Sebastian Vettel will start the first-ever Styrian Grand Prix to count for the Formula 1 World Championship from the fifth row of the grid with Charles Leclerc on the seventh.
That was the disappointing outcome of qualifying which took place in driving rain at the Austrian track, just seven days on from the first race of the season held at the same circuit.
Q1. The rain started at 10am and from then on got heavier, which also affected the support races. Qualifying started 46 minutes late, at 15.46 as the rain eased very slightly. The first to take to the track on Wets, the only tyres that could be used in these conditions, was Sebastian who posted a 1’24”235, while Charles did a 1’24”658. The times began to tumble for everyone, with Leclerc doing a 1’20”871 and Vettel a 1’20”243, good enough to go through to Q2.
Q2. Once again, the SF1000s were among the first to set a time. Sebastian kicked off with a 1’21”078, getting down to a 1’19”545. Charles began with a 1’20”490 and then a 1’19”970 followed by a 1’19”628. At this point, having slipped down to 11th, he pitted for new Wets, but by the time he was back on track, the rain intensified. Charles tried his very best but he was unable to improve and didn’t make it to the final part of qualifying, while Sebastian did.
Q3. In the 12 minute session to decide the top five rows of the grid, all the drivers were still on Wet tyres, as conditions worsened. Sebastian improved four times, going from 1’23”310 to 1’21”651 to stay tenth.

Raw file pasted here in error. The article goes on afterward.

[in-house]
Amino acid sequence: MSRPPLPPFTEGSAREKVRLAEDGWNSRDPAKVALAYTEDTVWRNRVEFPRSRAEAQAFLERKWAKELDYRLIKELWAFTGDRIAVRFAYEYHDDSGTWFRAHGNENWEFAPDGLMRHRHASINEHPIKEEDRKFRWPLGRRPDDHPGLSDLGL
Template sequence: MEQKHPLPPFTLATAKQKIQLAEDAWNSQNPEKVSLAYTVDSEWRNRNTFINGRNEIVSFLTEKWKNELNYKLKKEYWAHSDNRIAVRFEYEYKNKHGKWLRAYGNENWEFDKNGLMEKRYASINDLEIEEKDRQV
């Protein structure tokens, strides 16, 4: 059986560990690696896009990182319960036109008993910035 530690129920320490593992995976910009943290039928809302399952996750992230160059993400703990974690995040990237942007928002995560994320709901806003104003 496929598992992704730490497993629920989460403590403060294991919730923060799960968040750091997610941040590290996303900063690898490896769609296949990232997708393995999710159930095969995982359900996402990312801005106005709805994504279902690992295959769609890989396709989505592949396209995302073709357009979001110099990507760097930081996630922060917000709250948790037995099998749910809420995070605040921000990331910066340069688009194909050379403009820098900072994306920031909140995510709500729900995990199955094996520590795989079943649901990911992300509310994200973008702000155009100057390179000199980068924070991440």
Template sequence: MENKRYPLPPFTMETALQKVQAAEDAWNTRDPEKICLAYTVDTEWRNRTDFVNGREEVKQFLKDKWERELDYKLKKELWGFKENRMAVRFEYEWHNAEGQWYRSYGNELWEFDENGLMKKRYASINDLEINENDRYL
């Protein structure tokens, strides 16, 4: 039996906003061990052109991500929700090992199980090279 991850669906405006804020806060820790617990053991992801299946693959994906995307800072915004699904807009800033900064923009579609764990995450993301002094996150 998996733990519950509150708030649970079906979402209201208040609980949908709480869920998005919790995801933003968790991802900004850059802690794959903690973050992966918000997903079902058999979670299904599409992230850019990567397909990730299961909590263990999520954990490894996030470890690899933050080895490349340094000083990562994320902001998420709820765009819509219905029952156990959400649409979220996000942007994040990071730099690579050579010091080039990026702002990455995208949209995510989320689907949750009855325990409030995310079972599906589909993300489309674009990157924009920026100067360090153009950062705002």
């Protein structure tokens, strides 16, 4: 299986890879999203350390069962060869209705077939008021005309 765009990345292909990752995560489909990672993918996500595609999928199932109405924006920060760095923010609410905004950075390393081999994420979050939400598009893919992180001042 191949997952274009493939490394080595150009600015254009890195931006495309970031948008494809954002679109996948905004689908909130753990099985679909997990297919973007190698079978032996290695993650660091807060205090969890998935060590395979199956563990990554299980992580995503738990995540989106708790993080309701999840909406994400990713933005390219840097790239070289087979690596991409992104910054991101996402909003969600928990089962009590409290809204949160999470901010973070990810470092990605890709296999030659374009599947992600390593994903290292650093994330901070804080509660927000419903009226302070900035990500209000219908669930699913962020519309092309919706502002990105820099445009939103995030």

Penalty. Adding to the team’s woes today, late in the afternoon, Charles was handed a three place grid penalty. The Stewards ruled that, during Q2, he impeded Daniil Kvyat in the AlphaTauri. Leclerc will therefore start from row seven in 14th place. The 71 lap race starts tomorrow at 15.10 CET.
Sebastian Vettel: “I was glad qualifying wasn’t delayed until forward to tomorrow, even though we were hoping for more. I think we tried everything we could but unfortunately it took too long to get the tyres, especially the fronts, up to working temperature.
“I was locking the fronts a lot and aquaplaning down the straight. On the last lap in Q3 I tried to risk everything, but I lost the car at turn 8 and didn’t manage to improve.
“At least it’s a lesson we have learned for the next time we face these conditions. The forecast is different for tomorrow and in the dry, our race pace looks a bit better, but we are still not where we want to be”.
Charles Leclerc: “We were just not quick enough today. When I look at the gap to the cars at the front, I am quite surprised. There’s definitely some work to do. In terms of balance, the car is nice to drive in the dry and in the wet it’s very similar.
“But yes, we’ve got some problems here and there that we need to solve and also I need to work on my driving in these conditions. Unfortunately, we had heavy rain when we went onto the second set of extreme wets in Q2, and we could not improve, which is a shame.
“I went for a more aggressive setup yesterday, which might have made my driving more unpredictable in the rain, so we paid the price today, but I am sure we’ve made the right choice for tomorrow and we’ll benefit from it.”
Mattia Binotto, Team Principal: “A really disappointing day. We have to accept that the stopwatch doesn’t ever lie. In two qualifying sessions, albeit in different conditions, we have not been competitive, not only against those who have been our closest rivals over the past few years, but also against others, who up to yesterday were generally behind us.
“We worked very hard to bring updates to the car earlier than planned, but they didn’t show their worth on track. We have to work out why and change this state of affairs, which is just not good enough for a team by the name of Ferrari. We mustn’t get het up about it, but we cannot ignore the facts.”